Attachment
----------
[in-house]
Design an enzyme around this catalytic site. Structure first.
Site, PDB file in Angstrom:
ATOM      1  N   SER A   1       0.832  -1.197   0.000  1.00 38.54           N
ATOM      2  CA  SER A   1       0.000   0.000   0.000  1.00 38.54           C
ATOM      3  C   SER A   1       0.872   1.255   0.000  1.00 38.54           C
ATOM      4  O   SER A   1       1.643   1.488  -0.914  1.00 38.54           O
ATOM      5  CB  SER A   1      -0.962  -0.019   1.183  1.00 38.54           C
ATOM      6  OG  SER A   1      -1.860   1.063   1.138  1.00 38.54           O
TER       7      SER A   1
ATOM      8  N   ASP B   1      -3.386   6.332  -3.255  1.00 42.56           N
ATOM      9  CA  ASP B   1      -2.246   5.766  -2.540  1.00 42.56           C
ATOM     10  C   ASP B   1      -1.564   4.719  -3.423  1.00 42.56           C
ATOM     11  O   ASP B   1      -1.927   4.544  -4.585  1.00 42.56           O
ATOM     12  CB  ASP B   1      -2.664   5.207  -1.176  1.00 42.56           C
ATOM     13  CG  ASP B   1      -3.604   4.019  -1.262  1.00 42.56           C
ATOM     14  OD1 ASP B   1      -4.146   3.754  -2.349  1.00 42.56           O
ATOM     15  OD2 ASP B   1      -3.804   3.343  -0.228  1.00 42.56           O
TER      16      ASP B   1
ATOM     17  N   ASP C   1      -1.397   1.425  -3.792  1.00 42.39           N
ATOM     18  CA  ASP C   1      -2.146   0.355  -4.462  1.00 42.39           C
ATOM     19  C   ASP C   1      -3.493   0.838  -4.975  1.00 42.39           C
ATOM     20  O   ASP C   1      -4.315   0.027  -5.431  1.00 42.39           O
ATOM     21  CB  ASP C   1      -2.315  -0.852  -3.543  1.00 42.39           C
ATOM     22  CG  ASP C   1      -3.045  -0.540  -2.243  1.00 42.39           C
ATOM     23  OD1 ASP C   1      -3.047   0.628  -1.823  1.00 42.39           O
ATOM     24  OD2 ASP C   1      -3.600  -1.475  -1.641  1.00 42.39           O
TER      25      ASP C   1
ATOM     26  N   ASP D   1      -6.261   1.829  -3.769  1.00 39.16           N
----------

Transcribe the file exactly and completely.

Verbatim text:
[in-house]
Design an enzyme around this catalytic site. Structure first.
Site, PDB file in Angstrom:
ATOM      1  N   SER A   1       0.832  -1.197   0.000  1.00 38.54           N
ATOM      2  CA  SER A   1       0.000   0.000   0.000  1.00 38.54           C
ATOM      3  C   SER A   1       0.872   1.255   0.000  1.00 38.54           C
ATOM      4  O   SER A   1       1.643   1.488  -0.914  1.00 38.54           O
ATOM      5  CB  SER A   1      -0.962  -0.019   1.183  1.00 38.54           C
ATOM      6  OG  SER A   1      -1.860   1.063   1.138  1.00 38.54           O
TER       7      SER A   1
ATOM      8  N   ASP B   1      -3.386   6.332  -3.255  1.00 42.56           N
ATOM      9  CA  ASP B   1      -2.246   5.766  -2.540  1.00 42.56           C
ATOM     10  C   ASP B   1      -1.564   4.719  -3.423  1.00 42.56           C
ATOM     11  O   ASP B   1      -1.927   4.544  -4.585  1.00 42.56           O
ATOM     12  CB  ASP B   1      -2.664   5.207  -1.176  1.00 42.56           C
ATOM     13  CG  ASP B   1      -3.604   4.019  -1.262  1.00 42.56           C
ATOM     14  OD1 ASP B   1      -4.146   3.754  -2.349  1.00 42.56           O
ATOM     15  OD2 ASP B   1      -3.804   3.343  -0.228  1.00 42.56           O
TER      16      ASP B   1
ATOM     17  N   ASP C   1      -1.397   1.425  -3.792  1.00 42.39           N
ATOM     18  CA  ASP C   1      -2.146   0.355  -4.462  1.00 42.39           C
ATOM     19  C   ASP C   1      -3.493   0.838  -4.975  1.00 42.39           C
ATOM     20  O   ASP C   1      -4.315   0.027  -5.431  1.00 42.39           O
ATOM     21  CB  ASP C   1      -2.315  -0.852  -3.543  1.00 42.39           C
ATOM     22  CG  ASP C   1      -3.045  -0.540  -2.243  1.00 42.39           C
ATOM     23  OD1 ASP C   1      -3.047   0.628  -1.823  1.00 42.39           O
ATOM     24  OD2 ASP C   1      -3.600  -1.475  -1.641  1.00 42.39           O
TER      25      ASP C   1
ATOM     26  N   ASP D   1      -6.261   1.829  -3.769  1.00 39.16           N